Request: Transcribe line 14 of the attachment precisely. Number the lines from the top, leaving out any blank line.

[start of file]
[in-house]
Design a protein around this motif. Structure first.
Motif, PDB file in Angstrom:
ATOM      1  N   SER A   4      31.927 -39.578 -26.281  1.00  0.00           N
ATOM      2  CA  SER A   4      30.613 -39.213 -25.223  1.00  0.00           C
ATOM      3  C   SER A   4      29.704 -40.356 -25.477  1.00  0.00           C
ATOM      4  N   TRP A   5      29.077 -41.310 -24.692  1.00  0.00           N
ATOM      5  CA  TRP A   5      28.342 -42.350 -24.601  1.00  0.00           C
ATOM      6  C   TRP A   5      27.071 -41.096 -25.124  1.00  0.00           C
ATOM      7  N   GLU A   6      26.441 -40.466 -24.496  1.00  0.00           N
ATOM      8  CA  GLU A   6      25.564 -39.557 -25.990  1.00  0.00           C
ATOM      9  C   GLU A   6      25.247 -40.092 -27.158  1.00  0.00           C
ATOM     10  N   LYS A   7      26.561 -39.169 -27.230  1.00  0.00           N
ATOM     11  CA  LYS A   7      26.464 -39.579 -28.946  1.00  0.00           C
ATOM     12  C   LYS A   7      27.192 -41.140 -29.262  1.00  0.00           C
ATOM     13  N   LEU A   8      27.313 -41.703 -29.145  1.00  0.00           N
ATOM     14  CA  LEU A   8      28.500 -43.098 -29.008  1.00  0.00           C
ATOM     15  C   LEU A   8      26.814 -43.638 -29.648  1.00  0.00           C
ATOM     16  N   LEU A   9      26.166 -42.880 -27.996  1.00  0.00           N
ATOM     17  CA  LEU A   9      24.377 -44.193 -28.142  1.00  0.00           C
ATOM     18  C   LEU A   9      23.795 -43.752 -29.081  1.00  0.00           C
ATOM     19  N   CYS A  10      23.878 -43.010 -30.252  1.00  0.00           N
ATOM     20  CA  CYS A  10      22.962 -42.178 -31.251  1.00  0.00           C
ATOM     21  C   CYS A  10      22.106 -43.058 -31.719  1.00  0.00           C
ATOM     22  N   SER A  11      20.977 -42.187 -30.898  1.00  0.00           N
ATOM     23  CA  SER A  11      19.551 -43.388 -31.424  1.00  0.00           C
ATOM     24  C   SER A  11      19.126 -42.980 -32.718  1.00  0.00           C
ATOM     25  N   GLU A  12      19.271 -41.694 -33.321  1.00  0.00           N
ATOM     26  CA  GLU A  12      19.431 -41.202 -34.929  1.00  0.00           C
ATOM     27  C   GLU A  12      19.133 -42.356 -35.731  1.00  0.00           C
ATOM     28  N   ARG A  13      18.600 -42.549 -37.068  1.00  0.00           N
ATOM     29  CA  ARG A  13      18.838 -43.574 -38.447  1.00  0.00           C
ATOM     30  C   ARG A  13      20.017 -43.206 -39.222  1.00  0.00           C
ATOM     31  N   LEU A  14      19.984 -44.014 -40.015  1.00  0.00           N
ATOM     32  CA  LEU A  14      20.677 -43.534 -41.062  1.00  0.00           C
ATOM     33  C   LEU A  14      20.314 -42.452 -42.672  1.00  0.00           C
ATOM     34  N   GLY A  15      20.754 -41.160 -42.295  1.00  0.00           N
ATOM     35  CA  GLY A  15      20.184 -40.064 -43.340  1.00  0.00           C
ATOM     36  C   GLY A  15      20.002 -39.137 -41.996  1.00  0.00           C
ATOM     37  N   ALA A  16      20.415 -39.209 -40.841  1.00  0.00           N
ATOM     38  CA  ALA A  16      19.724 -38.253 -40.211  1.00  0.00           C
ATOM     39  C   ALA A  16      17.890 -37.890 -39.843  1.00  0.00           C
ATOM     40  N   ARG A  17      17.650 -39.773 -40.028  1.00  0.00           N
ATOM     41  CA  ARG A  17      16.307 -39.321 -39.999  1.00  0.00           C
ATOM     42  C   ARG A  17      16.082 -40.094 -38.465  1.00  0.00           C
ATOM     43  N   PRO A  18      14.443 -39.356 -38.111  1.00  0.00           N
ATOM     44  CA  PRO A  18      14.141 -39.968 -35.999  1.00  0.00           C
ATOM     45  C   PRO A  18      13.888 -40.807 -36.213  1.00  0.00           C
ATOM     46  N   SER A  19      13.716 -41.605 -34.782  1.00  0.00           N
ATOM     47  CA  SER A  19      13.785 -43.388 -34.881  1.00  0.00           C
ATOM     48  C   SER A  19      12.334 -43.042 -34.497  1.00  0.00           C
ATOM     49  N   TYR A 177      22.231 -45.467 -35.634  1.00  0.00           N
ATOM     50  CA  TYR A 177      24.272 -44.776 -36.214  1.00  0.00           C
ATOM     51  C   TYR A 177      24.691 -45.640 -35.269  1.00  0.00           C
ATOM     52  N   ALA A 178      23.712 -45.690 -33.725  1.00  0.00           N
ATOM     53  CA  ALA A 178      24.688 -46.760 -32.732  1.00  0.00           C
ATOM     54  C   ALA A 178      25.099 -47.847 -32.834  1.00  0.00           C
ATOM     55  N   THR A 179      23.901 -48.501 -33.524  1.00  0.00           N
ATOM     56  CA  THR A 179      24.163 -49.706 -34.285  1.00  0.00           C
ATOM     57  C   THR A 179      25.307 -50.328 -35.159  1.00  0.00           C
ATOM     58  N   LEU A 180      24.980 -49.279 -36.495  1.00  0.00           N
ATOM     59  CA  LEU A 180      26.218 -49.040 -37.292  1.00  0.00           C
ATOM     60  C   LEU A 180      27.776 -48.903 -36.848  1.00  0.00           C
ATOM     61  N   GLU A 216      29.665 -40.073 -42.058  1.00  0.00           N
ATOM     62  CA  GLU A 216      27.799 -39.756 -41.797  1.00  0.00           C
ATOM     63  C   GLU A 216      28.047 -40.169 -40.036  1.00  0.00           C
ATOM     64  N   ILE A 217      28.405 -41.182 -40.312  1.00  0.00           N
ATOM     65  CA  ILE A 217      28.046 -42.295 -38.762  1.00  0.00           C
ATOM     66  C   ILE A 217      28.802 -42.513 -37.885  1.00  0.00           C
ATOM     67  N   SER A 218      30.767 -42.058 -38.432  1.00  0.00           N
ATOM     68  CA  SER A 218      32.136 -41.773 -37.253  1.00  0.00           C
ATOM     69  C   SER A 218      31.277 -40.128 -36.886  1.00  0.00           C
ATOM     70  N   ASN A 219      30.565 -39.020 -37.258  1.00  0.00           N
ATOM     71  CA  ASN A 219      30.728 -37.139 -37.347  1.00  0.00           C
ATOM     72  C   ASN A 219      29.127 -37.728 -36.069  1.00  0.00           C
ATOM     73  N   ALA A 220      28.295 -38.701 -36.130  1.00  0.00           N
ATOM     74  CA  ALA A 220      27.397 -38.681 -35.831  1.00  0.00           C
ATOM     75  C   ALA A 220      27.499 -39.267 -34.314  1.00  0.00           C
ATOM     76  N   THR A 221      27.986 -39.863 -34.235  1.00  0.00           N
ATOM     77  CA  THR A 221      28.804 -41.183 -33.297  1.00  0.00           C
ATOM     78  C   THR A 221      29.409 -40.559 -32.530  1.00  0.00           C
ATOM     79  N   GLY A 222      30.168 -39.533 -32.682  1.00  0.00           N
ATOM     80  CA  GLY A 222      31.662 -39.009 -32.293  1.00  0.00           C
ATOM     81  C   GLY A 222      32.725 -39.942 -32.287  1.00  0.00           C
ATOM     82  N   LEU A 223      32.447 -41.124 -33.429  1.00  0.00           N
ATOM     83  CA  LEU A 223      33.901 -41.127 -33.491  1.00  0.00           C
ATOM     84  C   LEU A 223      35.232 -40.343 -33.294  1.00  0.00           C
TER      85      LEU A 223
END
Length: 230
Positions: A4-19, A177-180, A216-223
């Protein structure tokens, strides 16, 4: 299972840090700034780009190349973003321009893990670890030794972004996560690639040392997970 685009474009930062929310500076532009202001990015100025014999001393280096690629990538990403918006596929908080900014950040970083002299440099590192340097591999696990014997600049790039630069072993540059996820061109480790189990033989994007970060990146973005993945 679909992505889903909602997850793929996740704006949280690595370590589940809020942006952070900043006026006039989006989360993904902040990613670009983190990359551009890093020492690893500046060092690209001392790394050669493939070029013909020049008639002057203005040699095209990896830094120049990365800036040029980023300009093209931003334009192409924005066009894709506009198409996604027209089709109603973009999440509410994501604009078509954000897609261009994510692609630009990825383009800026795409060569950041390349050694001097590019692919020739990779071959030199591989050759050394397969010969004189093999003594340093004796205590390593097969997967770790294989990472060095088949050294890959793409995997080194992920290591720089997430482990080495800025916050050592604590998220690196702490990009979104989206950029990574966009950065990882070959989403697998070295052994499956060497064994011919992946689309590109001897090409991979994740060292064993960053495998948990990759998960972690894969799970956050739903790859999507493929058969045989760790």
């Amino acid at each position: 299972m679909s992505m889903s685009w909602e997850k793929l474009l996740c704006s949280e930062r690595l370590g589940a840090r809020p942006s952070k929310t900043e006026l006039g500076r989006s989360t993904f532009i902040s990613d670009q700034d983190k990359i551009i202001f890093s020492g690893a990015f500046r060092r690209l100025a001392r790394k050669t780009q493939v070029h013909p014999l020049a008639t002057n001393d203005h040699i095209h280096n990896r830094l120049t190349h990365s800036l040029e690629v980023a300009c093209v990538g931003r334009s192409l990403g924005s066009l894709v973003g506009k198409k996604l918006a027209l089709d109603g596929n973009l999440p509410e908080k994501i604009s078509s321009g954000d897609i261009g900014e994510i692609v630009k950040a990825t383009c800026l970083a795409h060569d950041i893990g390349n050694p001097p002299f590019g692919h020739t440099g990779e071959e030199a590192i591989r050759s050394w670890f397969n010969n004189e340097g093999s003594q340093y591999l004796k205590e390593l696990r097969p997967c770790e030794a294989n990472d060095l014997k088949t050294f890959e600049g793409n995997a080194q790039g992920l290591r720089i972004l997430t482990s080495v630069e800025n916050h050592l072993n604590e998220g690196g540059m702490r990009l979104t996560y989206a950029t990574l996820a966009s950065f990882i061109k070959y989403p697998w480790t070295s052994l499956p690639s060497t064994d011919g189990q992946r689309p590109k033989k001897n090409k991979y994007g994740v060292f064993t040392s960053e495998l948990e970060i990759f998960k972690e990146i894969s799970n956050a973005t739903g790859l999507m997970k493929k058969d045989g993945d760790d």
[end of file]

ATOM     11  CA  LYS A   7      26.464 -39.579 -28.946  1.00  0.00           C